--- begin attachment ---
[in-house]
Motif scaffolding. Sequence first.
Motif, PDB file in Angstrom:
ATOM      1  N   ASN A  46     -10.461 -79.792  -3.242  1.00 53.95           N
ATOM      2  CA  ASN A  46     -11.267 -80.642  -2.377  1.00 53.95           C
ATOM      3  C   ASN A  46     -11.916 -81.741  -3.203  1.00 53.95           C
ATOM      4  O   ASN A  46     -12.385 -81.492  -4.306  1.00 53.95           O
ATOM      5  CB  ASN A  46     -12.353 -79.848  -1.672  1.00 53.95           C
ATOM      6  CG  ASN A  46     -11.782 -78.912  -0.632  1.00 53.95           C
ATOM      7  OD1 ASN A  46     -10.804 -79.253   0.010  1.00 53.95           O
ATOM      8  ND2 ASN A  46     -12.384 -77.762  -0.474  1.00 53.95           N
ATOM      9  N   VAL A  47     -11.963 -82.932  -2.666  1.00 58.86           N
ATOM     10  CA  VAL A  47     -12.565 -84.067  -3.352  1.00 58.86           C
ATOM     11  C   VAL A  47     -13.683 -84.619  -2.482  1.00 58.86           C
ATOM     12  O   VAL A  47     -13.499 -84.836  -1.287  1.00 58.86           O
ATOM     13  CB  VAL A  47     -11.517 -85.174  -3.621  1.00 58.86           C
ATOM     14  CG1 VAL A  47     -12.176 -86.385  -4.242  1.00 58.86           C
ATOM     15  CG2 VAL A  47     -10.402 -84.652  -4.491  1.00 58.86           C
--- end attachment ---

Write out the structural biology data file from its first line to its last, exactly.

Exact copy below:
[in-house]
Motif scaffolding. Sequence first.
Motif, PDB file in Angstrom:
ATOM      1  N   ASN A  46     -10.461 -79.792  -3.242  1.00 53.95           N
ATOM      2  CA  ASN A  46     -11.267 -80.642  -2.377  1.00 53.95           C
ATOM      3  C   ASN A  46     -11.916 -81.741  -3.203  1.00 53.95           C
ATOM      4  O   ASN A  46     -12.385 -81.492  -4.306  1.00 53.95           O
ATOM      5  CB  ASN A  46     -12.353 -79.848  -1.672  1.00 53.95           C
ATOM      6  CG  ASN A  46     -11.782 -78.912  -0.632  1.00 53.95           C
ATOM      7  OD1 ASN A  46     -10.804 -79.253   0.010  1.00 53.95           O
ATOM      8  ND2 ASN A  46     -12.384 -77.762  -0.474  1.00 53.95           N
ATOM      9  N   VAL A  47     -11.963 -82.932  -2.666  1.00 58.86           N
ATOM     10  CA  VAL A  47     -12.565 -84.067  -3.352  1.00 58.86           C
ATOM     11  C   VAL A  47     -13.683 -84.619  -2.482  1.00 58.86           C
ATOM     12  O   VAL A  47     -13.499 -84.836  -1.287  1.00 58.86           O
ATOM     13  CB  VAL A  47     -11.517 -85.174  -3.621  1.00 58.86           C
ATOM     14  CG1 VAL A  47     -12.176 -86.385  -4.242  1.00 58.86           C
ATOM     15  CG2 VAL A  47     -10.402 -84.652  -4.491  1.00 58.86           C